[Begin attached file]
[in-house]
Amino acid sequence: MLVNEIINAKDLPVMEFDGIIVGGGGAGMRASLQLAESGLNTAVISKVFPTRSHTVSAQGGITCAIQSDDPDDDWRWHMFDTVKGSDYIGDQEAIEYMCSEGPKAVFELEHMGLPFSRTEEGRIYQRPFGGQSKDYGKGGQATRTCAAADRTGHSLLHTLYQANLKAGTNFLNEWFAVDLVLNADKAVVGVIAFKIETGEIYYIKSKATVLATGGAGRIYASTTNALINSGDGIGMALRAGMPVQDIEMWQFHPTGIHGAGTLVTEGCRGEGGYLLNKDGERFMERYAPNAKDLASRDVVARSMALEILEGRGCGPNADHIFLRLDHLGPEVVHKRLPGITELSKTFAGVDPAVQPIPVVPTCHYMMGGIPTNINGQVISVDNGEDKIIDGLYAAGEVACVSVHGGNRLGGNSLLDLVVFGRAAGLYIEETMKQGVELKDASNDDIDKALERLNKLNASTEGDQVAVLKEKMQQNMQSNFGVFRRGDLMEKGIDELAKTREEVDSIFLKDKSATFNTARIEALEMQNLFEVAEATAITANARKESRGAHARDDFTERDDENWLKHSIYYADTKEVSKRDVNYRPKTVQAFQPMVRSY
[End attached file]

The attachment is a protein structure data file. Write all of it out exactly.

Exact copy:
[in-house]
Amino acid sequence: MLVNEIINAKDLPVMEFDGIIVGGGGAGMRASLQLAESGLNTAVISKVFPTRSHTVSAQGGITCAIQSDDPDDDWRWHMFDTVKGSDYIGDQEAIEYMCSEGPKAVFELEHMGLPFSRTEEGRIYQRPFGGQSKDYGKGGQATRTCAAADRTGHSLLHTLYQANLKAGTNFLNEWFAVDLVLNADKAVVGVIAFKIETGEIYYIKSKATVLATGGAGRIYASTTNALINSGDGIGMALRAGMPVQDIEMWQFHPTGIHGAGTLVTEGCRGEGGYLLNKDGERFMERYAPNAKDLASRDVVARSMALEILEGRGCGPNADHIFLRLDHLGPEVVHKRLPGITELSKTFAGVDPAVQPIPVVPTCHYMMGGIPTNINGQVISVDNGEDKIIDGLYAAGEVACVSVHGGNRLGGNSLLDLVVFGRAAGLYIEETMKQGVELKDASNDDIDKALERLNKLNASTEGDQVAVLKEKMQQNMQSNFGVFRRGDLMEKGIDELAKTREEVDSIFLKDKSATFNTARIEALEMQNLFEVAEATAITANARKESRGAHARDDFTERDDENWLKHSIYYADTKEVSKRDVNYRPKTVQAFQPMVRSY